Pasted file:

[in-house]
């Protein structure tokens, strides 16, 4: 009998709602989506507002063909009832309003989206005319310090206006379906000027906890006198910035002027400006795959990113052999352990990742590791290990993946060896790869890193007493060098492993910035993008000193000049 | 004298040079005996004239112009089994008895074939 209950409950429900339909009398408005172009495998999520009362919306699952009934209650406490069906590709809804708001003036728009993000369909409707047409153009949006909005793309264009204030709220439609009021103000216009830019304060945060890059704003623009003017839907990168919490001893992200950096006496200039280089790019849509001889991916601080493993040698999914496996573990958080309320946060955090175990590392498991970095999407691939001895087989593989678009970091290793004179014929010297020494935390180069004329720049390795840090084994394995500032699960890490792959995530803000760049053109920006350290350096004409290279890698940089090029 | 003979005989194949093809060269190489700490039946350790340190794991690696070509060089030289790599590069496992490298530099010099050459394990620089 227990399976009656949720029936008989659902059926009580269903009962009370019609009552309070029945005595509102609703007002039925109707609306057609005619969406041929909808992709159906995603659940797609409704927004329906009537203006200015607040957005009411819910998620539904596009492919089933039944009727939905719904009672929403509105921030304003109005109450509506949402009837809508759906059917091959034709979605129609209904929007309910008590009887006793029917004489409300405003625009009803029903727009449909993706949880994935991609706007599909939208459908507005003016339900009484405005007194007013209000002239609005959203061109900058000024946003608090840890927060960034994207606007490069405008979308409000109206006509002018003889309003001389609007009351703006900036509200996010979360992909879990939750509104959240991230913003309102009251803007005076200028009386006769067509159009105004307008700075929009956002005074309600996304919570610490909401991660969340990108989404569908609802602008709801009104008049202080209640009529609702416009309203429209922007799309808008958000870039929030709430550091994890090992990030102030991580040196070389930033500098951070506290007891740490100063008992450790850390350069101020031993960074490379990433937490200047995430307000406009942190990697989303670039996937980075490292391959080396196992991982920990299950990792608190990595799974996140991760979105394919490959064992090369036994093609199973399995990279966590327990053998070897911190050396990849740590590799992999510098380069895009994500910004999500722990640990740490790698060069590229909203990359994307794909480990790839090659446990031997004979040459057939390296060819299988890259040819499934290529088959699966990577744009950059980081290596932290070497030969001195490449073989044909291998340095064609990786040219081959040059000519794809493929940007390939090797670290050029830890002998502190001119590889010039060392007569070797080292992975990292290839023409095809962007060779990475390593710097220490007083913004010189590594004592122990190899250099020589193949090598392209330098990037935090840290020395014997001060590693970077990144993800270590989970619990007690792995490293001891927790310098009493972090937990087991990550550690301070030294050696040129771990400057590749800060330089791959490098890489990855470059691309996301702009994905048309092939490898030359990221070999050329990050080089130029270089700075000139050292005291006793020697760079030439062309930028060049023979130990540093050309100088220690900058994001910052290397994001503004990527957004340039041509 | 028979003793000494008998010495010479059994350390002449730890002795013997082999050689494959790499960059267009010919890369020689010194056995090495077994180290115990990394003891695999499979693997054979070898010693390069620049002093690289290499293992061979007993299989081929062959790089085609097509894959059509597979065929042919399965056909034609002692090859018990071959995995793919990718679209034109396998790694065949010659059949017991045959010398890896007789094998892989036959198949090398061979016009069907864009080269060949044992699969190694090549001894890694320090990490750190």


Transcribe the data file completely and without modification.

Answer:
[in-house]
């Protein structure tokens, strides 16, 4: 009998709602989506507002063909009832309003989206005319310090206006379906000027906890006198910035002027400006795959990113052999352990990742590791290990993946060896790869890193007493060098492993910035993008000193000049 | 004298040079005996004239112009089994008895074939 209950409950429900339909009398408005172009495998999520009362919306699952009934209650406490069906590709809804708001003036728009993000369909409707047409153009949006909005793309264009204030709220439609009021103000216009830019304060945060890059704003623009003017839907990168919490001893992200950096006496200039280089790019849509001889991916601080493993040698999914496996573990958080309320946060955090175990590392498991970095999407691939001895087989593989678009970091290793004179014929010297020494935390180069004329720049390795840090084994394995500032699960890490792959995530803000760049053109920006350290350096004409290279890698940089090029 | 003979005989194949093809060269190489700490039946350790340190794991690696070509060089030289790599590069496992490298530099010099050459394990620089 227990399976009656949720029936008989659902059926009580269903009962009370019609009552309070029945005595509102609703007002039925109707609306057609005619969406041929909808992709159906995603659940797609409704927004329906009537203006200015607040957005009411819910998620539904596009492919089933039944009727939905719904009672929403509105921030304003109005109450509506949402009837809508759906059917091959034709979605129609209904929007309910008590009887006793029917004489409300405003625009009803029903727009449909993706949880994935991609706007599909939208459908507005003016339900009484405005007194007013209000002239609005959203061109900058000024946003608090840890927060960034994207606007490069405008979308409000109206006509002018003889309003001389609007009351703006900036509200996010979360992909879990939750509104959240991230913003309102009251803007005076200028009386006769067509159009105004307008700075929009956002005074309600996304919570610490909401991660969340990108989404569908609802602008709801009104008049202080209640009529609702416009309203429209922007799309808008958000870039929030709430550091994890090992990030102030991580040196070389930033500098951070506290007891740490100063008992450790850390350069101020031993960074490379990433937490200047995430307000406009942190990697989303670039996937980075490292391959080396196992991982920990299950990792608190990595799974996140991760979105394919490959064992090369036994093609199973399995990279966590327990053998070897911190050396990849740590590799992999510098380069895009994500910004999500722990640990740490790698060069590229909203990359994307794909480990790839090659446990031997004979040459057939390296060819299988890259040819499934290529088959699966990577744009950059980081290596932290070497030969001195490449073989044909291998340095064609990786040219081959040059000519794809493929940007390939090797670290050029830890002998502190001119590889010039060392007569070797080292992975990292290839023409095809962007060779990475390593710097220490007083913004010189590594004592122990190899250099020589193949090598392209330098990037935090840290020395014997001060590693970077990144993800270590989970619990007690792995490293001891927790310098009493972090937990087991990550550690301070030294050696040129771990400057590749800060330089791959490098890489990855470059691309996301702009994905048309092939490898030359990221070999050329990050080089130029270089700075000139050292005291006793020697760079030439062309930028060049023979130990540093050309100088220690900058994001910052290397994001503004990527957004340039041509 | 028979003793000494008998010495010479059994350390002449730890002795013997082999050689494959790499960059267009010919890369020689010194056995090495077994180290115990990394003891695999499979693997054979070898010693390069620049002093690289290499293992061979007993299989081929062959790089085609097509894959059509597979065929042919399965056909034609002692090859018990071959995995793919990718679209034109396998790694065949010659059949017991045959010398890896007789094998892989036959198949090398061979016009069907864009080269060949044992699969190694090549001894890694320090990490750190």